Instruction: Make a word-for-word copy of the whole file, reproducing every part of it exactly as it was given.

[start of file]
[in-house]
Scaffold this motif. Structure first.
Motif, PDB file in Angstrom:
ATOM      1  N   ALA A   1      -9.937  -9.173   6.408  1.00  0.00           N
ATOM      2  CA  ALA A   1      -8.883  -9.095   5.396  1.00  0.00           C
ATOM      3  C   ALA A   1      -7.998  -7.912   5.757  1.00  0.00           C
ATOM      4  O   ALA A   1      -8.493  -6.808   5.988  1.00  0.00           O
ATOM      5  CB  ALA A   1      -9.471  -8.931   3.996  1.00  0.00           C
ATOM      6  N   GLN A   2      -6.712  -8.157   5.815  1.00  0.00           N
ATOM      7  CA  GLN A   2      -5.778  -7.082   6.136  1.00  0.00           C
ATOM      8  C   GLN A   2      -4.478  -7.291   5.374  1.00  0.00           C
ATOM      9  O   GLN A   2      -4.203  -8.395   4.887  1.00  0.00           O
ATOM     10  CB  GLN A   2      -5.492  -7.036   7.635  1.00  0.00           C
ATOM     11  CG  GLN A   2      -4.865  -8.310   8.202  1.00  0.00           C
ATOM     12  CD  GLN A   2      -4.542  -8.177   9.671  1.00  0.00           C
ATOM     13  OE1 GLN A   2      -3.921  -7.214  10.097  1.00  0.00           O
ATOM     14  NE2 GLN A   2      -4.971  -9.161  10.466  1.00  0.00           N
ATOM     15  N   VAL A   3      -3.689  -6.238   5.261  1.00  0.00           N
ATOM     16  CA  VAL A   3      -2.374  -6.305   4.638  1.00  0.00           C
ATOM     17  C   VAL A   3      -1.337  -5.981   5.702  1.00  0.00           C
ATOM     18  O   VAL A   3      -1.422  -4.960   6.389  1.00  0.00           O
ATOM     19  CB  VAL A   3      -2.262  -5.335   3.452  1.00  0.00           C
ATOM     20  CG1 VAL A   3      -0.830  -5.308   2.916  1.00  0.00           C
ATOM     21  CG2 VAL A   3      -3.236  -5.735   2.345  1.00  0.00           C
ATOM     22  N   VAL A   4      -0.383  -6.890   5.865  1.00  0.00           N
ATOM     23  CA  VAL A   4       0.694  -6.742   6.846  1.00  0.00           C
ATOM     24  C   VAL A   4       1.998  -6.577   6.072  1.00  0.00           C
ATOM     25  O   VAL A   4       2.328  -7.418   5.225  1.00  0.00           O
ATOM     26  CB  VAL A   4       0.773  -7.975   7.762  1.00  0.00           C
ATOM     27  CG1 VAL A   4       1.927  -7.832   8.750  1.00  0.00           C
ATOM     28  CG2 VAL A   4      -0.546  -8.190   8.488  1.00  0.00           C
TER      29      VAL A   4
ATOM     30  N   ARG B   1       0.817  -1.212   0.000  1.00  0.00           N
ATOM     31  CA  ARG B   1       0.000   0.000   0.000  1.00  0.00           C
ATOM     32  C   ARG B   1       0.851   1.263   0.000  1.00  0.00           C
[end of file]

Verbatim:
[in-house]
Scaffold this motif. Structure first.
Motif, PDB file in Angstrom:
ATOM      1  N   ALA A   1      -9.937  -9.173   6.408  1.00  0.00           N
ATOM      2  CA  ALA A   1      -8.883  -9.095   5.396  1.00  0.00           C
ATOM      3  C   ALA A   1      -7.998  -7.912   5.757  1.00  0.00           C
ATOM      4  O   ALA A   1      -8.493  -6.808   5.988  1.00  0.00           O
ATOM      5  CB  ALA A   1      -9.471  -8.931   3.996  1.00  0.00           C
ATOM      6  N   GLN A   2      -6.712  -8.157   5.815  1.00  0.00           N
ATOM      7  CA  GLN A   2      -5.778  -7.082   6.136  1.00  0.00           C
ATOM      8  C   GLN A   2      -4.478  -7.291   5.374  1.00  0.00           C
ATOM      9  O   GLN A   2      -4.203  -8.395   4.887  1.00  0.00           O
ATOM     10  CB  GLN A   2      -5.492  -7.036   7.635  1.00  0.00           C
ATOM     11  CG  GLN A   2      -4.865  -8.310   8.202  1.00  0.00           C
ATOM     12  CD  GLN A   2      -4.542  -8.177   9.671  1.00  0.00           C
ATOM     13  OE1 GLN A   2      -3.921  -7.214  10.097  1.00  0.00           O
ATOM     14  NE2 GLN A   2      -4.971  -9.161  10.466  1.00  0.00           N
ATOM     15  N   VAL A   3      -3.689  -6.238   5.261  1.00  0.00           N
ATOM     16  CA  VAL A   3      -2.374  -6.305   4.638  1.00  0.00           C
ATOM     17  C   VAL A   3      -1.337  -5.981   5.702  1.00  0.00           C
ATOM     18  O   VAL A   3      -1.422  -4.960   6.389  1.00  0.00           O
ATOM     19  CB  VAL A   3      -2.262  -5.335   3.452  1.00  0.00           C
ATOM     20  CG1 VAL A   3      -0.830  -5.308   2.916  1.00  0.00           C
ATOM     21  CG2 VAL A   3      -3.236  -5.735   2.345  1.00  0.00           C
ATOM     22  N   VAL A   4      -0.383  -6.890   5.865  1.00  0.00           N
ATOM     23  CA  VAL A   4       0.694  -6.742   6.846  1.00  0.00           C
ATOM     24  C   VAL A   4       1.998  -6.577   6.072  1.00  0.00           C
ATOM     25  O   VAL A   4       2.328  -7.418   5.225  1.00  0.00           O
ATOM     26  CB  VAL A   4       0.773  -7.975   7.762  1.00  0.00           C
ATOM     27  CG1 VAL A   4       1.927  -7.832   8.750  1.00  0.00           C
ATOM     28  CG2 VAL A   4      -0.546  -8.190   8.488  1.00  0.00           C
TER      29      VAL A   4
ATOM     30  N   ARG B   1       0.817  -1.212   0.000  1.00  0.00           N
ATOM     31  CA  ARG B   1       0.000   0.000   0.000  1.00  0.00           C
ATOM     32  C   ARG B   1       0.851   1.263   0.000  1.00  0.00           C